Modern Freemasonry was invented by the great thinkers of the 17th and 18th centuries to bring together all men of quality, “that is to say, men who are true and good, or men of honour and honesty, no matter by what name or conviction they can be distinguished”. They were to become the "centre of union" independent of their differences, neither denying them nor erasing them. (The fact that women were excluded is solely due to the societal context at the time; women were later allowed to join).
Anderson’s Constitution - and Désagueliers, too - does not clearly state the objective of this “union”, but, logically, it must strive towards the peaceful coexistence of all humankind.
To make it possible to bring together these “men who are true and good” who otherwise would have certainly “kept their distance from each other”, the founders of the first modern Masonic obedience have moved away religions and churches from their workshops. About ten years later, religion was re-introduced as part of the values brought by traditional Scottish Freemasons living in London, who were devout Catholics.
Was it under this influence that the idea of a “union” amongst “men of honour and honesty” was transformed into a “universal brotherhood”? Perhaps because Christians consider themselves to be “brothers”. Fortunately, the influence of the Catholic Church did not hinder Freemasonry’s ideal of tolerance.
Christians are “brothers” because they believe they share the same “father”. They belong to the same “family” and only those who embrace this world view can be part of it.
Freemasons have chosen to be brothers freely, apart from any pre-established link.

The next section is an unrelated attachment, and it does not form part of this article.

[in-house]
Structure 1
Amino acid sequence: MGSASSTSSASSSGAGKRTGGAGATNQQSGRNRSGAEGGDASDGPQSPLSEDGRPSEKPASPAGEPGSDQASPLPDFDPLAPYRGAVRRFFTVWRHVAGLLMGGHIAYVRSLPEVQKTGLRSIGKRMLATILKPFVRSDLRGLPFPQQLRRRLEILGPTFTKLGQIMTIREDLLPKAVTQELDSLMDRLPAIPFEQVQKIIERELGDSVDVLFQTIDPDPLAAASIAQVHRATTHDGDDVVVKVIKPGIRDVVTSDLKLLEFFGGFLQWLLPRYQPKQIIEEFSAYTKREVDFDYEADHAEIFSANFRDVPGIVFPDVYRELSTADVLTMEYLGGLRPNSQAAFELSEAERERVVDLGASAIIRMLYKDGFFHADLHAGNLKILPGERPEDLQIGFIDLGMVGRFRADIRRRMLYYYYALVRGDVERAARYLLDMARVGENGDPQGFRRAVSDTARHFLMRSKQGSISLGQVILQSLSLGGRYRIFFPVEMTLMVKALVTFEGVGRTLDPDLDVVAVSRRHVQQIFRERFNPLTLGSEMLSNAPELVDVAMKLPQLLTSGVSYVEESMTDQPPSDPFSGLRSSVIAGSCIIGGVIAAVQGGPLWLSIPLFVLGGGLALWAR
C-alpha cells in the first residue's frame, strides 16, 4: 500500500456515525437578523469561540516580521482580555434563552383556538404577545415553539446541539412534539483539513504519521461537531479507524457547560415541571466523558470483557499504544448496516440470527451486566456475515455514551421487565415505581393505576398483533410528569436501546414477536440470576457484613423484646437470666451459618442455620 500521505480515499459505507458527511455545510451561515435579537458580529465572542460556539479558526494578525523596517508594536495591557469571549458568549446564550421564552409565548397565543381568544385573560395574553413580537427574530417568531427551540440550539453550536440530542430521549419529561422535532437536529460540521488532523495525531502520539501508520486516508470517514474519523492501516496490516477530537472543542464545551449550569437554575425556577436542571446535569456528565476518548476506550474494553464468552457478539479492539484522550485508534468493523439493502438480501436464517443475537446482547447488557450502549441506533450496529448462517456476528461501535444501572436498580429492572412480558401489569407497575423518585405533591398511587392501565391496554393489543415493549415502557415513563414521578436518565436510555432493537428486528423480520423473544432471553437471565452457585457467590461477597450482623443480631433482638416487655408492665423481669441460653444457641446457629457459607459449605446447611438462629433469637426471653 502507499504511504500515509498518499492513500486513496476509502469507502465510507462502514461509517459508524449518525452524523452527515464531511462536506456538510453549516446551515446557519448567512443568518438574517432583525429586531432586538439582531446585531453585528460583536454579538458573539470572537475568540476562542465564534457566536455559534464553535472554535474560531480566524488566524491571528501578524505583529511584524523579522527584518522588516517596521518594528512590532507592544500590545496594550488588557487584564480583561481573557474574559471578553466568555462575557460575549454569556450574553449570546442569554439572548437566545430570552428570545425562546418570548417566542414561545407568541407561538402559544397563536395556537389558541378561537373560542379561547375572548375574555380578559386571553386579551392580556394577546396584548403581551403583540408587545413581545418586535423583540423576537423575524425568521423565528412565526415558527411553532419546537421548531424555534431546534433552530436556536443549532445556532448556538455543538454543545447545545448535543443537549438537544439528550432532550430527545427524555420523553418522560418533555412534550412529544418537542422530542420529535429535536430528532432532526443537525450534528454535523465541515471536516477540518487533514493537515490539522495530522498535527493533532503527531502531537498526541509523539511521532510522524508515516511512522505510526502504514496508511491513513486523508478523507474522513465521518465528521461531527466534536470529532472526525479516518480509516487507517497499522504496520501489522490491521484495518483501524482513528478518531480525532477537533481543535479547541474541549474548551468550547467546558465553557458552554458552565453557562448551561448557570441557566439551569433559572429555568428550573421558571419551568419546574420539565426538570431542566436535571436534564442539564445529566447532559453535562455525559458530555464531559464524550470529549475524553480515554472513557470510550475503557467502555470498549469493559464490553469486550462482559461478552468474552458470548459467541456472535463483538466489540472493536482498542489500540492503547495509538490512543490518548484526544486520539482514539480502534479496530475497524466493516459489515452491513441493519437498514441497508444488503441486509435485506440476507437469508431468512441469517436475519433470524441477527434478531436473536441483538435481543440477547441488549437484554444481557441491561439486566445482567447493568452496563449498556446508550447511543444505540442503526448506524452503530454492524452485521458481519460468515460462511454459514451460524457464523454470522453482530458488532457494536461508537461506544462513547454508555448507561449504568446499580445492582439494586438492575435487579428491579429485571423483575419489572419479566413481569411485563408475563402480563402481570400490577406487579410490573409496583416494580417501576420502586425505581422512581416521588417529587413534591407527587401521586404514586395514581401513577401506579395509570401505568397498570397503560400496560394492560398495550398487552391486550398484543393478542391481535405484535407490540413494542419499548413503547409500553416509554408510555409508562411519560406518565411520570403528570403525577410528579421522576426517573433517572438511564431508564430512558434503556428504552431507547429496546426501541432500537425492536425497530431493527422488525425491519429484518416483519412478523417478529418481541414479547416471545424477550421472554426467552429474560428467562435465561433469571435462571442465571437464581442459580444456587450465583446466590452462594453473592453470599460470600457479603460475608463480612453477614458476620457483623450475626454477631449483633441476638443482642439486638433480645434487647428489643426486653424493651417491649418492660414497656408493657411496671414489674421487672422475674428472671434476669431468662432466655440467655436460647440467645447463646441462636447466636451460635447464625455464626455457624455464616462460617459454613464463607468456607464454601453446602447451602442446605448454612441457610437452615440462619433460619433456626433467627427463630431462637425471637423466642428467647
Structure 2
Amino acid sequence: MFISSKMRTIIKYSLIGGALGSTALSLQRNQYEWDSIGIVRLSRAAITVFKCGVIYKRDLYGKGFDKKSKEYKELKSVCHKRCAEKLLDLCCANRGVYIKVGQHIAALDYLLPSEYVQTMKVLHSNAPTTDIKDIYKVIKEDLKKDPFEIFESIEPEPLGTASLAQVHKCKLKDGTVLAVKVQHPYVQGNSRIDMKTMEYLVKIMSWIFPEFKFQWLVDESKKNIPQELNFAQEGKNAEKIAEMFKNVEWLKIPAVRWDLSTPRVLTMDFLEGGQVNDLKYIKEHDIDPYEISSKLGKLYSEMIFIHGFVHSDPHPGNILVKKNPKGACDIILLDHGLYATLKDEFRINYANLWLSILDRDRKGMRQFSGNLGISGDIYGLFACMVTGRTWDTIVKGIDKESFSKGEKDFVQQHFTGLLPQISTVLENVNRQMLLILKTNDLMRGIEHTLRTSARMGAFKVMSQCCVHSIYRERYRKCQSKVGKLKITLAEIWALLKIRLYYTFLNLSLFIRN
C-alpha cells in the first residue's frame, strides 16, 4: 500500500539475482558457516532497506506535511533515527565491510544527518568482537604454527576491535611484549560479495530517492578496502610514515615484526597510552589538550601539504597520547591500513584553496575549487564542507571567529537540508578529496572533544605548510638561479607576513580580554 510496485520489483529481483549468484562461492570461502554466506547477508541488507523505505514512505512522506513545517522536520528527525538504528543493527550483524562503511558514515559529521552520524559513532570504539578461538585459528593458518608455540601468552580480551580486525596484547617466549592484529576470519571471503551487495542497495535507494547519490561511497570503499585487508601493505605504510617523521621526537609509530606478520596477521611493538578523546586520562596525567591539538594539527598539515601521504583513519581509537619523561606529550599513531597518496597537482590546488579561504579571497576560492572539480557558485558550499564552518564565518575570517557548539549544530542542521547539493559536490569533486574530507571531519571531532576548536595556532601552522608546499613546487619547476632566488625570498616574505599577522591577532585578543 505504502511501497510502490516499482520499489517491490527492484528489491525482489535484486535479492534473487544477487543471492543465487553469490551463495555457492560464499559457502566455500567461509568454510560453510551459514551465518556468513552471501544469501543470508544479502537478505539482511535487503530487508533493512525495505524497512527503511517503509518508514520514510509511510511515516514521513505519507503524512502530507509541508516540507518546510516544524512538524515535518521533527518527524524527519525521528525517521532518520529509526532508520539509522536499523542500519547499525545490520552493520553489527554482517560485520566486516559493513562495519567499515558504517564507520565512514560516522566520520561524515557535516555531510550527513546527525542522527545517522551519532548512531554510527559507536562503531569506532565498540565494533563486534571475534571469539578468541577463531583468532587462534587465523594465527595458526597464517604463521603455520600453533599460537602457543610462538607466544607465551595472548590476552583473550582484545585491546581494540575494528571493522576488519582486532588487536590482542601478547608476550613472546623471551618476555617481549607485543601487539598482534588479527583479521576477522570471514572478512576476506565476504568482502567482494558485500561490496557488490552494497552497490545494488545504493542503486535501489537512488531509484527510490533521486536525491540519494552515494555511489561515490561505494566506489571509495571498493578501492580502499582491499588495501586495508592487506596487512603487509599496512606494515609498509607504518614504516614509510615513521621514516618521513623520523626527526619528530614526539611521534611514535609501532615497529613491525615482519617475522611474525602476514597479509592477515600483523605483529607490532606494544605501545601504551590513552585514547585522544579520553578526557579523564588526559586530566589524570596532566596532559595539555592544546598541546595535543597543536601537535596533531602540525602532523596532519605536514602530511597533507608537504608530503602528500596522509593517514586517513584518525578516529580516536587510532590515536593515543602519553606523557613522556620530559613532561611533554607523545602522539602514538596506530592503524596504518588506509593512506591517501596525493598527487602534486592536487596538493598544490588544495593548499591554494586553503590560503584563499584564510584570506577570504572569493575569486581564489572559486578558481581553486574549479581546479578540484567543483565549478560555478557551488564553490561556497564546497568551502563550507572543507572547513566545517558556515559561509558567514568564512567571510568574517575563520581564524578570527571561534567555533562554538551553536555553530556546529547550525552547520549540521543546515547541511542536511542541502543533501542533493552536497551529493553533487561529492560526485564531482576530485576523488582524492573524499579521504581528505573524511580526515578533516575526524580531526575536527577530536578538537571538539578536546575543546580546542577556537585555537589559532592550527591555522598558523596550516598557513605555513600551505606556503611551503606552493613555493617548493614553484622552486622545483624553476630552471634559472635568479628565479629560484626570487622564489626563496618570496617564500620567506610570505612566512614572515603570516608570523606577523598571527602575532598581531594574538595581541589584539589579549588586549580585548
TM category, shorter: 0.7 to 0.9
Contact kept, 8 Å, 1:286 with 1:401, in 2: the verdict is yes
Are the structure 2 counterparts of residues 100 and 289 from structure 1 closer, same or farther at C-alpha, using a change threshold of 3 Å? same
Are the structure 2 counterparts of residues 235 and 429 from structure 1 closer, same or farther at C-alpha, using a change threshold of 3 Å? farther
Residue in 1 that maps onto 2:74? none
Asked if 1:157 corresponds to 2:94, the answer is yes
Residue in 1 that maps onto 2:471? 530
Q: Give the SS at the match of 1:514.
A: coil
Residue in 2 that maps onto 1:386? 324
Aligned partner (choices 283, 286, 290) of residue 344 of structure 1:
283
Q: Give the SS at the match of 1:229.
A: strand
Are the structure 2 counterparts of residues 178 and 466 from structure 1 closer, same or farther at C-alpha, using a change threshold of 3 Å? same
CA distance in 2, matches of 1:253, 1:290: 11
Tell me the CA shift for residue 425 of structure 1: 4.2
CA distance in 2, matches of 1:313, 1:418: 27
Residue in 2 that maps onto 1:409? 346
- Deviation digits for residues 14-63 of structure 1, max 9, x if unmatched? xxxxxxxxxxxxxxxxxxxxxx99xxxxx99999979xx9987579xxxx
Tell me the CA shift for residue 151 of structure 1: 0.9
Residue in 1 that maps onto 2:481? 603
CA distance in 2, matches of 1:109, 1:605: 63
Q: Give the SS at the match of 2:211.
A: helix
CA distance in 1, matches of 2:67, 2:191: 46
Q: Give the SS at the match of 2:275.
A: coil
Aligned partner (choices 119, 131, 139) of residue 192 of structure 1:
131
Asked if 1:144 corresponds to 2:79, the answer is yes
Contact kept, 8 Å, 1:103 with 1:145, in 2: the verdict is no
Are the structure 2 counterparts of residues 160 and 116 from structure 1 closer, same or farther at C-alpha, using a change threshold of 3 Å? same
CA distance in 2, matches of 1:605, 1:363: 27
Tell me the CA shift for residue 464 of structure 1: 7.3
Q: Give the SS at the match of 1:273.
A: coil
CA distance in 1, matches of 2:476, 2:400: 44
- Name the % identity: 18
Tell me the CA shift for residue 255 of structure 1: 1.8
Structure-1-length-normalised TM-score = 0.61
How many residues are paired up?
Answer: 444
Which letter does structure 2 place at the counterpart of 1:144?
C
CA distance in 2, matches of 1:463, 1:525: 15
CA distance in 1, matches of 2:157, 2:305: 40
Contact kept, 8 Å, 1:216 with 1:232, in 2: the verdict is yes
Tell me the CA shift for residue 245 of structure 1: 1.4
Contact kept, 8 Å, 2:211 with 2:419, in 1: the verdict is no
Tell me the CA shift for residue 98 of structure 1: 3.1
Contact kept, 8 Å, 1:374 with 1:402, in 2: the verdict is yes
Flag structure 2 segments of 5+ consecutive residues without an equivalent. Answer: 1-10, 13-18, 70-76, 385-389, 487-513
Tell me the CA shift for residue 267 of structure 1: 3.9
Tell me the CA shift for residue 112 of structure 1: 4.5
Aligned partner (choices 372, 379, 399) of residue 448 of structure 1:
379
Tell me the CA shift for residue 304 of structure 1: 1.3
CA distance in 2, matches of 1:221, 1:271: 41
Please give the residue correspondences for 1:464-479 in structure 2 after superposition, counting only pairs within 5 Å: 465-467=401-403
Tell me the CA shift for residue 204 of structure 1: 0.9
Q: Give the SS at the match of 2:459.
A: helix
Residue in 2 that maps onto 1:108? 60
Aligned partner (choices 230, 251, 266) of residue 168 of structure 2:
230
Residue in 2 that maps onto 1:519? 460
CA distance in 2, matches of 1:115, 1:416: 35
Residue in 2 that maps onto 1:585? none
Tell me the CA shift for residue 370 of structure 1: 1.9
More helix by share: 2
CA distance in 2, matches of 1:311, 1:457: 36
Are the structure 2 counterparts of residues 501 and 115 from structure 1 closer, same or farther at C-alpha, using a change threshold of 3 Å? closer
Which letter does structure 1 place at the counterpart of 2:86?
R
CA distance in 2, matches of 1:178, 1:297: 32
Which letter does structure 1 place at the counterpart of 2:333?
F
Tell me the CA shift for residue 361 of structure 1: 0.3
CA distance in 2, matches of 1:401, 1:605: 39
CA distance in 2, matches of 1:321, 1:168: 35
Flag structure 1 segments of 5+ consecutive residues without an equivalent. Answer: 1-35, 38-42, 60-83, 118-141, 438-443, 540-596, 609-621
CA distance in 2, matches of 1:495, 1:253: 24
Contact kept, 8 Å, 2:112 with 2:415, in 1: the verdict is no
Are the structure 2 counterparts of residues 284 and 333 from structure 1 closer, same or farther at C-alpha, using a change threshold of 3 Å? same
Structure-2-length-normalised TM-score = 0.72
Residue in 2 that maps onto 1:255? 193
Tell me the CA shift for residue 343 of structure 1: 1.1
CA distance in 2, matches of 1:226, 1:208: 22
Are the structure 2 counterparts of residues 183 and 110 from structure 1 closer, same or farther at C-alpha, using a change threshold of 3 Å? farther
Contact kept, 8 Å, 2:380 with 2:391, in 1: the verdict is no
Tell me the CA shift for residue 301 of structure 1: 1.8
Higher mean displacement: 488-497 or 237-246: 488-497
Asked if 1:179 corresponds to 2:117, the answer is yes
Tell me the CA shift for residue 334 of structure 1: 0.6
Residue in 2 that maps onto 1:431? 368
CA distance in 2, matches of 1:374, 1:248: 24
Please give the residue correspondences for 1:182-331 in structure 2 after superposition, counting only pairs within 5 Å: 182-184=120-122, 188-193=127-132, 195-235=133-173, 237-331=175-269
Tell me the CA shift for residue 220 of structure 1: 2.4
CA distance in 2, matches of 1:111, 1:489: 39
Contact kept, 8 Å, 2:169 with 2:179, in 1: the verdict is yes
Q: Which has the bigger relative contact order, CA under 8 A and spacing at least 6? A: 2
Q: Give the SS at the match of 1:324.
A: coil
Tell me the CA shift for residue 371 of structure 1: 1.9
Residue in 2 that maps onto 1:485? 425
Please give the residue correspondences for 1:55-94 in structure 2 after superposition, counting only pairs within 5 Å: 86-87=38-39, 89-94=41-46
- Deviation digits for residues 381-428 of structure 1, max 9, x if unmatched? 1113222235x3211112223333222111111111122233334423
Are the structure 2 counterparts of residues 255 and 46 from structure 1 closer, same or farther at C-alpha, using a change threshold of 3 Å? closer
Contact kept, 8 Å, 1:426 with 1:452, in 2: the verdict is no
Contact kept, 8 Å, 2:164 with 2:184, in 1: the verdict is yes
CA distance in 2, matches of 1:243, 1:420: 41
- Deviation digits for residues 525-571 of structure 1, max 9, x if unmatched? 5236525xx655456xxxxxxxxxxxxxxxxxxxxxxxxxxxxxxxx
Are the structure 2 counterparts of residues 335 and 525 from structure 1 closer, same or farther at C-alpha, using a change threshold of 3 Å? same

Christians generally believe that brotherhood is synonymous with love. It can be, this is the ideal, but, above all, fraternity signifies visceral interdependence. Everyone who has brothers and/or sisters knows how closely they are bound, despite an infinite variety of personalities, behaviours and interests that can be completely opposite.
It is possible that scientific discoveries compounded since the days of the Renaissance allowed members of The Royal Academy of Sciences of London to gain an awareness of the interdependence of humans and all other forms of life. In this case, the centre of union may be considered like that of the entire living world. This belief falls in line with today’s ideas of humanistic ecology.
The formidable “mechanics” of modern Freemasonry succeeded in creating a sense of fraternity, sympathy and love among the members of the lodges, even though they were very different from each other. This feeling may extend to everyone in their obedience, sometimes spreading out to include several obediences. But it never encompasses all of them, despite the repeated and omnipresent proclamations of belonging to the universal brotherhood.
The construction of the centre of union has therefore not been completed. Without finishing this work, Freemasonry is not in a position to build the “temple of a fraternal world”, which is its ultimate raison d'être. Does this explain, at least in part, why Freemasonry lost more than half of its members in the 20th Century (especially in the United States, but not only there)?
Freemasons have stopped mid-ford in a river, gripped with indecision.
N.B.: The enthusiasm for "social networks" Facebook, Twitter, Whatsupp etc. shows that the young generations - freemasons or not - broaden their horizons towards universalism.